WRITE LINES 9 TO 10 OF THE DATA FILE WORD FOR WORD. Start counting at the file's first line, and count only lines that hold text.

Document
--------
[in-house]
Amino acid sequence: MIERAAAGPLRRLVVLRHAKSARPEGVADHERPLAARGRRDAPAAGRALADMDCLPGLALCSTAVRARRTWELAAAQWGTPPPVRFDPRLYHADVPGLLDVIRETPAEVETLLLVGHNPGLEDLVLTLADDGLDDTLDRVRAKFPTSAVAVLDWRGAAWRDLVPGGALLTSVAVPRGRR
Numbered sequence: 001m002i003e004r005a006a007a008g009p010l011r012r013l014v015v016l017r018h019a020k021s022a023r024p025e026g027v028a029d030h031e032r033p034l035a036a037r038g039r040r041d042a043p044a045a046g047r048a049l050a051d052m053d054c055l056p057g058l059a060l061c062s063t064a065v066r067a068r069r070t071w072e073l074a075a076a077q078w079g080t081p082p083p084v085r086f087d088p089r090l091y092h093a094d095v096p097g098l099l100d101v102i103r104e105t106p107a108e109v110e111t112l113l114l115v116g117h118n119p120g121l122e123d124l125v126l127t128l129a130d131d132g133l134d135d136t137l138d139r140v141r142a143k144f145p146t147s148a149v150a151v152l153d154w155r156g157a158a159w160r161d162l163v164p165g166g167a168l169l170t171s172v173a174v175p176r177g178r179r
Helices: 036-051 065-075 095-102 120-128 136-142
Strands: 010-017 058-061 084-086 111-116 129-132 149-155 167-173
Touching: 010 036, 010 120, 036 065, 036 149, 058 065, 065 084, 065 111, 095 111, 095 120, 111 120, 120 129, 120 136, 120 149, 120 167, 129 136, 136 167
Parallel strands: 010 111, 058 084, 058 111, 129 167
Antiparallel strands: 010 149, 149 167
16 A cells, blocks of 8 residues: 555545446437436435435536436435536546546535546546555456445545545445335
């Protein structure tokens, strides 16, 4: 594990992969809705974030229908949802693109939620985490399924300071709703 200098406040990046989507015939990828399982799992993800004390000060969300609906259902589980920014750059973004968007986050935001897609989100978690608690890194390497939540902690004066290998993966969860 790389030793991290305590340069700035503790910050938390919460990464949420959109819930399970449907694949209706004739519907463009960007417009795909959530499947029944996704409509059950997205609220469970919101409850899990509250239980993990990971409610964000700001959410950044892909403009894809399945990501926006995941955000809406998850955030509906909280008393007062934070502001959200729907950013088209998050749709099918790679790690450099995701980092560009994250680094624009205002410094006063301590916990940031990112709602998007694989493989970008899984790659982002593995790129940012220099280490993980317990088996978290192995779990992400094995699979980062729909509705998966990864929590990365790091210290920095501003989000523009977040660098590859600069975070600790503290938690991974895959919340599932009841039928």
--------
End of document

16 A cells, blocks of 8 residues: 555545446437436435435536436435536546546535546546555456445545545445335
């Protein structure tokens, strides 16, 4: 594990992969809705974030229908949802693109939620985490399924300071709703 200098406040990046989507015939990828399982799992993800004390000060969300609906259902589980920014750059973004968007986050935001897609989100978690608690890194390497939540902690004066290998993966969860 790389030793991290305590340069700035503790910050938390919460990464949420959109819930399970449907694949209706004739519907463009960007417009795909959530499947029944996704409509059950997205609220469970919101409850899990509250239980993990990971409610964000700001959410950044892909403009894809399945990501926006995941955000809406998850955030509906909280008393007062934070502001959200729907950013088209998050749709099918790679790690450099995701980092560009994250680094624009205002410094006063301590916990940031990112709602998007694989493989970008899984790659982002593995790129940012220099280490993980317990088996978290192995779990992400094995699979980062729909509705998966990864929590990365790091210290920095501003989000523009977040660098590859600069975070600790503290938690991974895959919340599932009841039928």